Having successfully brought its third season effort to a close, BottleRock Festival (Napa, CA) flexed its muscles and showed its mettle, shaking off financial adversity, dodging various other obstacles, and jumping through hoops to land on its feet with one of the country’s biggest Memorial Day launches of the summer festival season.
More than 100,000 served as witness to the 70-plus acts crossing its stages at the downtown Napa Valley Expo Center, including the likes of Imagine Dragons, Public Enemy, local favorite Michael Franti, Los Lobos, No Doubt, Robert Plant, Snoop Dog, and Passion Pit. Sound, lighting, and video was provided by Delicate Productions, which has served the event since its beginning.
To accommodate the sheer size of the festival, Delicate drew upon the skills of 52 techs, three runners, a project manager, individual department heads for sound, video, and lighting, and the project’s account manager, industry veteran George Edwards.
Proper Place, Right Time
“One of the biggest challenges at BottleRock was focusing the arrays,” concedes Edwards, who additionally wears the title of general manager at Delicate’s Bay Area facility in Hayward, CA. “Working with production to coordinate all of the performances was the second most difficult task. With three sizable stages and a steady stream of acts going day and night, it was a 12-month undertaking to make sure everything was in its proper place at the right time.”
In the past, BottleRock has been the target of local noise complaints. Sensitive to the issue and seeking to maintain good community relations, administrators have taken over-and-above measures to both keep sound inside the park and monitor levels. Presiding over the monitoring efforts was High-Tech Audio’s Sidney Wilson.
Using a B&K system operating over cell towers and test stations set up across the grounds and its perimeter, Wilson recorded levels, integrating Google Maps to detail temperature, humidity, barometric pressure, wind speeds and more at every test position. Data collected was stored and can be recalled to produce a forensic report designed to stand up as testimony in any court.
Bringing tight focus to the arrays to avoid spill into surrounding areas was a carefully calculated plan integrating the multiple line arrays present into a separate, but unified whole. If that sounds like a contradiction in terms, well it is, but Edwards is quick to explain: “Each rig had to cover its area of coverage, and contain its sound within those boundaries,” he says. “At the same time, it couldn’t be considered an island unto itself, we had to take the collective whole of all the systems into account and steer each away from interacting with any other. Achieving anything other than that results in a condition I call audio collision.”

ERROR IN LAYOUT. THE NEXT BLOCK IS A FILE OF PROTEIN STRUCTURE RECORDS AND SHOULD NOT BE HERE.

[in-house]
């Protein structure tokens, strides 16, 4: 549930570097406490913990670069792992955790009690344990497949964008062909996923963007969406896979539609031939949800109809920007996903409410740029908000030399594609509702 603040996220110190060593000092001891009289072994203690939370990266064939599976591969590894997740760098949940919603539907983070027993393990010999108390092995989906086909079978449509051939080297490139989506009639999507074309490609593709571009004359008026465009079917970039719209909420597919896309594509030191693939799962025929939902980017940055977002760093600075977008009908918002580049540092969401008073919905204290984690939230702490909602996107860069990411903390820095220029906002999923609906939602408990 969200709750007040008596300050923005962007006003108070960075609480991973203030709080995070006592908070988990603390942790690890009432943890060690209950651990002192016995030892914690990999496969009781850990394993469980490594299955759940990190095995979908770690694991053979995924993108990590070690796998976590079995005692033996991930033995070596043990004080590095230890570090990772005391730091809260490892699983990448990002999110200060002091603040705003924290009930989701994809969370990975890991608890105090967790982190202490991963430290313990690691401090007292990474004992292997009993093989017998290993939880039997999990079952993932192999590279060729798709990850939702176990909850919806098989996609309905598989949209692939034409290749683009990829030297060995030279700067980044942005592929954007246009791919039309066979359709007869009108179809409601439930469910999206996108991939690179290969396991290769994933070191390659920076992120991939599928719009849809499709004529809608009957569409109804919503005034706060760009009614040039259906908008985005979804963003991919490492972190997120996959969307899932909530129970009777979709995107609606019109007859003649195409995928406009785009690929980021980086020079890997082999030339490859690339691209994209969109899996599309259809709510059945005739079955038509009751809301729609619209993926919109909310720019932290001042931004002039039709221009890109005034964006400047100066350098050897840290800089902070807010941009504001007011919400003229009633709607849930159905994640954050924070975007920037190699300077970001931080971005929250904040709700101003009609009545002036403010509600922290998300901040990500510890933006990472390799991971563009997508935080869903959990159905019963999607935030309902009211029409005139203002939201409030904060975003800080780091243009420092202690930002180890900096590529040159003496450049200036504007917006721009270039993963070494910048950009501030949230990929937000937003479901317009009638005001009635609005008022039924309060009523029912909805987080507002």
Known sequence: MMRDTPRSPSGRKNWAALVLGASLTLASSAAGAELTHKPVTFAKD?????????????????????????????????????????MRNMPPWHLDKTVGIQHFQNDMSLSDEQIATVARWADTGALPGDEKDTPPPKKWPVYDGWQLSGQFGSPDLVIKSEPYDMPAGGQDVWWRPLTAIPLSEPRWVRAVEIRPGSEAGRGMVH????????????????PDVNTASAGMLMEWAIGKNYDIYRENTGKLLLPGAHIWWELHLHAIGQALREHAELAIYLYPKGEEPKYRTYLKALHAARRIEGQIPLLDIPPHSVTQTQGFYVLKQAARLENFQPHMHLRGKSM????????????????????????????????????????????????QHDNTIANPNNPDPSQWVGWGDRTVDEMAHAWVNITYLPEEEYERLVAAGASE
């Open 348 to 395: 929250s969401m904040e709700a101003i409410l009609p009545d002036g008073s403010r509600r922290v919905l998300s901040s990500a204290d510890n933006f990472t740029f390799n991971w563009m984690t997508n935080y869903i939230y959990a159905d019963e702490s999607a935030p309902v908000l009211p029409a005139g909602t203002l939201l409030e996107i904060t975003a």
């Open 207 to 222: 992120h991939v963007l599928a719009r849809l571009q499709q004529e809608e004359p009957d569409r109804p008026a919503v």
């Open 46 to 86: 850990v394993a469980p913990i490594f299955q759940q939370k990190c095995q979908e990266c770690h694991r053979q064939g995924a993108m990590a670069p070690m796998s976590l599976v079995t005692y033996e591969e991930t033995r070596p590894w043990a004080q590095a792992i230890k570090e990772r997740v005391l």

Tried & True Plus New
Delicate has had very good results achieving goals like these in seasons past using Martin Audio’s multi-cellular MLA loudspeaker arrays, and that continued (see sidebar). This year, al-Class line arrays from VUE Audiotechnik were added to the equipment manifest as well, deployed at the Miner Family Winery Stage. “The VUE rig worked out OK,” Edwards reports. “The moment we had it trimmed, it became instant buddies with everybody else – muy simpatico.”
A relative newcomer on the scene, VUE technology is developed under the engineering aegis of Mike Adams, who co-founded Audio Composite Engineering (ACE) and played key roles in the creation of JBL VerTec and QSC WideLine components. Representing the company’s first real exposure on the national festival circuit, BottleRock’s Miner Family Winery Stage received an al-8 hang running 10 high over four al-4 cabinets for its mains.
“The al-8s are double-8-inch-loaded boxes, and most people are used to seeing double-12s in these kinds of applications,” notes Jeff Taylor of VUE. “We’re not saying there’s any replacement for displacement necessarily, but this system was custom-engineered to deliver the best performance in as compact of a package a possible.”
In addition, the compression drivers in these loudspeakers use proprietary beryllium diaphragms, bringing that material to professional applications. The loudspeakers are integrated with matched power and 64-bit DSP that also now offer Dante networking.